Forbes.com By David Chiu
It's not often that a rock concert begins with an approximately 20-minute montage of scenes from mostly classic '50s and '60s films shown on a large screen, but that was the case with John Mellencamp's show at New York City's Beacon Theatre Friday. Related to his 2021 appearance as a guest programmer on Turner Classic Movies, the brief excerpts were from movies that meant something special to him–among them Giant, Hud, On the Waterfront, The Fugitive Kind, The Misfits, The Grapes of Wrath and A Streetcar Named Desire. And based on watching those excerpts, one could see how those films resonated with the Rock and Roll Hall of Famer: ordinary people from everyday life who are trying to survive amid unforeseen circumstances and an unforgiving society.
That's been a theme of Mellencamp's career going back decades when he finally broke through with his fifth album, 1982’s American Fool, which yielded two iconic hits in “Hurts So Good” and “Jack and Diane.” Since then, the Indiana native's songwriting has touched on the trials and tribulations of the average American while also conveying a sense of compassion, empathy and dignity on their behalf—making Mellencamp one of the founding fathers of heartland rock alongside Bruce Springsteen, Tom Petty and Bob Seger. In addition to the personal, Mellencamp has also touched on social and political issues in his music as well.
The musician's Friday show in New York City was the last of a four-night stand at the Beacon as part of his Live and In Person tour (while in the Big Apple, he also took part in a discussion with David Letterman for the Tribeca Festival). Featuring his accomplished six-piece band the setlist was a predominantly satisfying balanced career retrospective—including a good number of familiar favorites like “Small Town,” “Pink Houses,” “Lonely Ol Nights,” “Paper in Fire” and “Cherry Bomb,” and some deep cuts such as “Human Wheels,” “Jackie Brown,” and “John Cockers.” A blistering rendition of “What If I Came Knocking” epitomizerd the intensity and energy of the show, especially during its second half, and an extended, driving version of “Crumblin’ Down” also incorporated Them's classic anthem “Gloria.”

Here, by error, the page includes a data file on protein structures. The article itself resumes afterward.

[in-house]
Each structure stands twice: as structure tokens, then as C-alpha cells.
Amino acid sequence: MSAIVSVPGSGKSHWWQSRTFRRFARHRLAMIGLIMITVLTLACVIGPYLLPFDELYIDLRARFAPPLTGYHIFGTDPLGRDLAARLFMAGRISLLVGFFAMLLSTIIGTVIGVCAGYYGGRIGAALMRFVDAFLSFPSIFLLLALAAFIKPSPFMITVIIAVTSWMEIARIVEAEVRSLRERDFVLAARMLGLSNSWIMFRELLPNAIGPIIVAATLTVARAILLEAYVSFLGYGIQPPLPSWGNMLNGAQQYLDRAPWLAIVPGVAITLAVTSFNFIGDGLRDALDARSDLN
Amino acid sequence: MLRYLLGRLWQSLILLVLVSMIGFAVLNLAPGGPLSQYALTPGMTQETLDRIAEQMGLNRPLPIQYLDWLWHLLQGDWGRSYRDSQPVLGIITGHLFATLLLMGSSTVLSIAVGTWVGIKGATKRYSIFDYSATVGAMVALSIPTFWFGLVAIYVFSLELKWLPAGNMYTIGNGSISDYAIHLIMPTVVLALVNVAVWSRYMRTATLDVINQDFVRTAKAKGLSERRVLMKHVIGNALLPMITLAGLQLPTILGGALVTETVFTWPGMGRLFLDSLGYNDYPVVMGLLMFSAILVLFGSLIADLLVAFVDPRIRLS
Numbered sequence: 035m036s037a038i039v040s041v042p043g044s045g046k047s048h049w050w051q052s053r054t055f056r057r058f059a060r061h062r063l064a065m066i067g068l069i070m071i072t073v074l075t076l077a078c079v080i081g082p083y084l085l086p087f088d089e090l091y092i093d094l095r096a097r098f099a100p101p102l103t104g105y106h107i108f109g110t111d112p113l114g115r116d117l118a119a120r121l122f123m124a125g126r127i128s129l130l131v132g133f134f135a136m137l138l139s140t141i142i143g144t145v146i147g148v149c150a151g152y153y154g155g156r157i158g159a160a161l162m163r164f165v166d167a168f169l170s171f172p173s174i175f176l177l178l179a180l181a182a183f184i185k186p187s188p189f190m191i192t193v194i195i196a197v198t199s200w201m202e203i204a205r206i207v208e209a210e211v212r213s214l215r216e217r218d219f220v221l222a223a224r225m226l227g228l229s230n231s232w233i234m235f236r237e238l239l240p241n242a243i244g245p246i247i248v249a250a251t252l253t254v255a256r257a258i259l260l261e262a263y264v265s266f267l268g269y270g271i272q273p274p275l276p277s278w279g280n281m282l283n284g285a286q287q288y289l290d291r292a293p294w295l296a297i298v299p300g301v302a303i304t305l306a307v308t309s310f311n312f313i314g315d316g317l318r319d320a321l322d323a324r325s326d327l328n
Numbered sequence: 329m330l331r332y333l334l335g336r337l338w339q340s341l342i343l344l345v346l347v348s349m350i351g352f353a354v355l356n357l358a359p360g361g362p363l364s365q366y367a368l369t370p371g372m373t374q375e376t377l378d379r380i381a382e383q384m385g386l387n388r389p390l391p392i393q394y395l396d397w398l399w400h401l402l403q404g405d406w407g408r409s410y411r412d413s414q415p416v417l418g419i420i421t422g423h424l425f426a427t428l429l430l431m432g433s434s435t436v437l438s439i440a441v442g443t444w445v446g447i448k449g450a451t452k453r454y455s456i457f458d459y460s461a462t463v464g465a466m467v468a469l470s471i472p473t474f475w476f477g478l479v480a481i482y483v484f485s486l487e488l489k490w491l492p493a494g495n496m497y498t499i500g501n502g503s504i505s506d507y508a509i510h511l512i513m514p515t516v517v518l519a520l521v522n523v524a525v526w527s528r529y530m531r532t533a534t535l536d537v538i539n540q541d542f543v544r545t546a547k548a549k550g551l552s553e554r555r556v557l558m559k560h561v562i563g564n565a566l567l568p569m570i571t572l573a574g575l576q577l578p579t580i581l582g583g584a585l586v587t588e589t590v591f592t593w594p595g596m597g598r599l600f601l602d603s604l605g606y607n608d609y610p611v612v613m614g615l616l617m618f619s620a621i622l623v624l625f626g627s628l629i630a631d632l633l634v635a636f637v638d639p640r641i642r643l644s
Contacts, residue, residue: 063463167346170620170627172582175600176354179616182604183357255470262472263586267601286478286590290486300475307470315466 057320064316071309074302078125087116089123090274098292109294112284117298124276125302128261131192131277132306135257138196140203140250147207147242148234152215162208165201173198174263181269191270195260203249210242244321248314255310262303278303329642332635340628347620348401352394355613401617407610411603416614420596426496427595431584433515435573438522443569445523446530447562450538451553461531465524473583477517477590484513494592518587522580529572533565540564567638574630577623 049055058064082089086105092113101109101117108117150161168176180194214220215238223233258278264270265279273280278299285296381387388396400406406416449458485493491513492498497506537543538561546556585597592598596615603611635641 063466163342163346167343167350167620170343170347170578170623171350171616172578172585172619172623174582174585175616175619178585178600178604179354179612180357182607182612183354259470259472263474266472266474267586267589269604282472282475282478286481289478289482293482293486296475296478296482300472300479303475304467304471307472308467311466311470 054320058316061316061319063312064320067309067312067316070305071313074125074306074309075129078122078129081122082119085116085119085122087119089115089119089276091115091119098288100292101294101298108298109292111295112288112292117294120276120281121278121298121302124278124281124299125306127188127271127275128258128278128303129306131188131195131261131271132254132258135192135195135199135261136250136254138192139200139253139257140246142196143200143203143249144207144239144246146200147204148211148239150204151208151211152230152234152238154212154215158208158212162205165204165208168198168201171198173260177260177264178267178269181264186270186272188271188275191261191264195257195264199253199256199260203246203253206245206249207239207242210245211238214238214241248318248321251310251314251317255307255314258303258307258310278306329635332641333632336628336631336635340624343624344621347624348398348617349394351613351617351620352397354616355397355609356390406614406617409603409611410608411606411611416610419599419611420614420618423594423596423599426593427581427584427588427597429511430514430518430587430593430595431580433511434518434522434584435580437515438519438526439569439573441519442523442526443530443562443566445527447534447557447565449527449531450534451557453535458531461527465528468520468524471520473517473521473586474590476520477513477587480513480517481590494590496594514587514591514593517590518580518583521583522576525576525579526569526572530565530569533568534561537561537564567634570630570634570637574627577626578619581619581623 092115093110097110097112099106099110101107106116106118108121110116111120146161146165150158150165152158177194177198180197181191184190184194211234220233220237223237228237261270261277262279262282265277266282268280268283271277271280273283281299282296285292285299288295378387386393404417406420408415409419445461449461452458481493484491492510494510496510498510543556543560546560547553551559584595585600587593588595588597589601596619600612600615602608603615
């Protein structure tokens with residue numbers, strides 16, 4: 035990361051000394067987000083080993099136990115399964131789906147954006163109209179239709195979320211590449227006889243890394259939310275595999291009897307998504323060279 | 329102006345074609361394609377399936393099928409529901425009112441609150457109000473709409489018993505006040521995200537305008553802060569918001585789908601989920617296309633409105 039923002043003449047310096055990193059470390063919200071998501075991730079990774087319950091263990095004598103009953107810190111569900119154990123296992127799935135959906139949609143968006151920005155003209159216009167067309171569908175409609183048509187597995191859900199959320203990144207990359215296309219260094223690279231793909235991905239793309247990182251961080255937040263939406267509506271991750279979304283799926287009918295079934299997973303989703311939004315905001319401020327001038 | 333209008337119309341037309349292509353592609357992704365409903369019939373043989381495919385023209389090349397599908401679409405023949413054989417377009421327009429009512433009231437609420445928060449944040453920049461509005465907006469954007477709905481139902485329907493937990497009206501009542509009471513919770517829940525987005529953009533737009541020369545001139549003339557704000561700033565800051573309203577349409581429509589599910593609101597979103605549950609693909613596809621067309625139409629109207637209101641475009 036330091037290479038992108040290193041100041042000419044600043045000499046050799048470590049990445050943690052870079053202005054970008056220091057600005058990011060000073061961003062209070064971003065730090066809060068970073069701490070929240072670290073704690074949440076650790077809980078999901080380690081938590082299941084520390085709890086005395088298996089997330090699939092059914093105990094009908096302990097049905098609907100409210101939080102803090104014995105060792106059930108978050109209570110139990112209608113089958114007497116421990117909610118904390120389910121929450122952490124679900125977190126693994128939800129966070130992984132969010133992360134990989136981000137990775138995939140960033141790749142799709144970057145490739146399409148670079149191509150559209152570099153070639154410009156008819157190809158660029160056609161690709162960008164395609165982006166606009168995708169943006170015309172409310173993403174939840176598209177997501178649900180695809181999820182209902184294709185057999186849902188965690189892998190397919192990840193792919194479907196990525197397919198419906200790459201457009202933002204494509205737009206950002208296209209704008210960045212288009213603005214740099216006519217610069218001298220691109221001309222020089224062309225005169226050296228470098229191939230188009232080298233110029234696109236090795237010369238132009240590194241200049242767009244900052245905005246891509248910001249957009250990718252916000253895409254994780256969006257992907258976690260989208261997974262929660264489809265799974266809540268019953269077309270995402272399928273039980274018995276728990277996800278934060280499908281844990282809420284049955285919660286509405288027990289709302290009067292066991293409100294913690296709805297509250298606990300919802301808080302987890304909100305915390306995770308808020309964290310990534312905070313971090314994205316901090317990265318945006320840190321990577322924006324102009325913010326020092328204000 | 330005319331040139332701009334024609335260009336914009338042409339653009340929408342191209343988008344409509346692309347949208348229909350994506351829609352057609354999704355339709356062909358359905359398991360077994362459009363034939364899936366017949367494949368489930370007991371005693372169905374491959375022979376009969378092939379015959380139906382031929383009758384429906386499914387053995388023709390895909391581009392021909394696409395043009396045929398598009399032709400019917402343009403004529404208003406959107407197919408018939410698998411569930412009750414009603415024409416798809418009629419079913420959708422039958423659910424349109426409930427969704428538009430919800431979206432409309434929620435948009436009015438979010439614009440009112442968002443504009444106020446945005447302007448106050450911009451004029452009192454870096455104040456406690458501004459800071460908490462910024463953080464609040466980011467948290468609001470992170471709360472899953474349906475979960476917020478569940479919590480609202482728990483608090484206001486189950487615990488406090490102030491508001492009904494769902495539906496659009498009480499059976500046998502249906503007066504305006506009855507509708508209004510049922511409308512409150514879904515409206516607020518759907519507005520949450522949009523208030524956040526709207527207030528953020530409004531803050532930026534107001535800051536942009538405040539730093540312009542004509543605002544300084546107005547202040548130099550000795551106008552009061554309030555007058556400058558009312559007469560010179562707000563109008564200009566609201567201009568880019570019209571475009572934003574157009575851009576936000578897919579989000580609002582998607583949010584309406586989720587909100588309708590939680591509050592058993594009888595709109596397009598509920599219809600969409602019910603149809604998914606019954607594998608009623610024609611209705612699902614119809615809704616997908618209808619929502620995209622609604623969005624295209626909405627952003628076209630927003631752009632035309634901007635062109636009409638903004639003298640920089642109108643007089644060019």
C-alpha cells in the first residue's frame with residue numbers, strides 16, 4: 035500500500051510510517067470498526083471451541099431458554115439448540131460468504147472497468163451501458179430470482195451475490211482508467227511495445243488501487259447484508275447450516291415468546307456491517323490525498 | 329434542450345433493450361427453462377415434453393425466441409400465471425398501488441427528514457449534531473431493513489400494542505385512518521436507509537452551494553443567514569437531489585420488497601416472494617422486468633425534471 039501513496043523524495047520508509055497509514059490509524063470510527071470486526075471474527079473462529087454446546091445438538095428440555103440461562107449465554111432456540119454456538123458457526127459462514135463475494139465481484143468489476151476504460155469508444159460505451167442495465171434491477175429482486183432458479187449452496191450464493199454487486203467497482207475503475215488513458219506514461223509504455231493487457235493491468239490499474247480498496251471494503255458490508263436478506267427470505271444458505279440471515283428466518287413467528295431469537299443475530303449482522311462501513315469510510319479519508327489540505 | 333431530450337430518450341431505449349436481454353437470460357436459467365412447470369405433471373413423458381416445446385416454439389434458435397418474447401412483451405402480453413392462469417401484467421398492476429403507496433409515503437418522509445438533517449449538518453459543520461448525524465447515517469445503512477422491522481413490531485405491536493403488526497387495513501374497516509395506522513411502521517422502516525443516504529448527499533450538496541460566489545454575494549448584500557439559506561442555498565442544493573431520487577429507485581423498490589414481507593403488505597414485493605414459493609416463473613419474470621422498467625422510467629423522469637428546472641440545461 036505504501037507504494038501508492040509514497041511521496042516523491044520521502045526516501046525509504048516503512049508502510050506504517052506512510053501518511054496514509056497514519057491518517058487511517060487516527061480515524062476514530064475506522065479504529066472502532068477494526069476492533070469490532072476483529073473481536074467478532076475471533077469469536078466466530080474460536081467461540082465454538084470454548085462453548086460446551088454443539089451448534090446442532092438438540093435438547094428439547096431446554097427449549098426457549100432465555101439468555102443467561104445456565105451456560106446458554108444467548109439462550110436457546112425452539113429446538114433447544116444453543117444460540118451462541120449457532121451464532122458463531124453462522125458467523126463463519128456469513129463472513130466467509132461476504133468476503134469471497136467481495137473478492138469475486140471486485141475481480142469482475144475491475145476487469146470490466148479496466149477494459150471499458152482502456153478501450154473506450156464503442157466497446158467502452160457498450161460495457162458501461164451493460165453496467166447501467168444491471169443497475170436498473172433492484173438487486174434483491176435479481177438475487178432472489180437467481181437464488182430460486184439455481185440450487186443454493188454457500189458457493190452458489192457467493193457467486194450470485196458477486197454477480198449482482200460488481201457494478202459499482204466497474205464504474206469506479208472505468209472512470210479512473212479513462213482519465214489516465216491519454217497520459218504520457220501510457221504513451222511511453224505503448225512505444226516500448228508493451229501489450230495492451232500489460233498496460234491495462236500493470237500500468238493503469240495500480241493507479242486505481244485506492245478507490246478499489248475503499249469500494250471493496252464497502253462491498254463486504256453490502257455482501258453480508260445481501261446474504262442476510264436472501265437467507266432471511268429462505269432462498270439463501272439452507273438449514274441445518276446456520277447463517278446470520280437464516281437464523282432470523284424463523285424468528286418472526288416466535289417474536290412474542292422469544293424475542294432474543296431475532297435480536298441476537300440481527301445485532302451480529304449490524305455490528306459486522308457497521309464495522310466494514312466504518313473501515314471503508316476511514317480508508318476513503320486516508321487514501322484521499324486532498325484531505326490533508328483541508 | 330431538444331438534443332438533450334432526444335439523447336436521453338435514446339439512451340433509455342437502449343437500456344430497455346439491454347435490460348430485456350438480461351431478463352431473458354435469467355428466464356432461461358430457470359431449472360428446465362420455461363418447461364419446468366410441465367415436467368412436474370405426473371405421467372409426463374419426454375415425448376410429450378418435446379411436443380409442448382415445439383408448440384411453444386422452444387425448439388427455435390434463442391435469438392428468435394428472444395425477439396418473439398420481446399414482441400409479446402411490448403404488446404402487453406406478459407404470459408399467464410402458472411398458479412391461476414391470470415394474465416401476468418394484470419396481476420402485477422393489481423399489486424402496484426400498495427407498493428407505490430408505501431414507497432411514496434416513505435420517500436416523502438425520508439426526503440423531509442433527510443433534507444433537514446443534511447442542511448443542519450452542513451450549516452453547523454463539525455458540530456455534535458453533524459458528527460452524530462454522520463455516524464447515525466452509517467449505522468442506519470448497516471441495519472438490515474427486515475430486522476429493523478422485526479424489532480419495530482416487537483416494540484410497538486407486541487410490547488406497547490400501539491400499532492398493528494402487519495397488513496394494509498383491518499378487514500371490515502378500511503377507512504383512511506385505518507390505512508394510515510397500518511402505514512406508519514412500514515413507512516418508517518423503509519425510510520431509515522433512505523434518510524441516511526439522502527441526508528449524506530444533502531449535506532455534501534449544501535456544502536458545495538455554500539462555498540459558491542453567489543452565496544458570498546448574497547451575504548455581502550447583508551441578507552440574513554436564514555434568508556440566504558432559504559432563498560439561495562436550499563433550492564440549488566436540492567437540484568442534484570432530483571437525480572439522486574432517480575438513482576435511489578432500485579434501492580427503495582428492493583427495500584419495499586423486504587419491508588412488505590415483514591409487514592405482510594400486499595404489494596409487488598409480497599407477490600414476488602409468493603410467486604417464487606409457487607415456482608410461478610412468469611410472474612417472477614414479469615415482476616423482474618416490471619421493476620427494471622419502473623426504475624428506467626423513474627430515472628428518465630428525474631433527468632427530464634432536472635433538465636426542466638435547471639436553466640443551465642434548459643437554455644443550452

The celebratory nature of the concert was tempered by its acoustic segment in which Mellencamp performed the poignant “Longest Days,” which certainly hit home the message of making the most out of life given the limited time we have. And his newest and powerful song, “The Eyes of Portland,” off of his upcoming album Orpheus Descending, touched on the subject of poverty (“All of these homeless, where do they come from?/In this land of plenty where nothing gets done,” he sang with emotion).
Along with his band, Mellencamp was in fine form both through his defiant performances (with that gritty voice still intact) and stage banter with the audience that bordered between humor and insightful wisdom. Of course, he sang his two biggest and most beloved songs “Jack and Diane” (which just featured Mellencamp on acoustic guitar) and the closing rocker “Hurts So Good.” For both those numbers, he pretty much allowed the audience to take over on the vocals as they enthusiastically sung the lyrics note for note. Given this show and the fact that his new record (his 25th overall) is coming out next week, it doesn't appear that Mellencamp has any intention of slowing down or abandoning his trademark feistiness.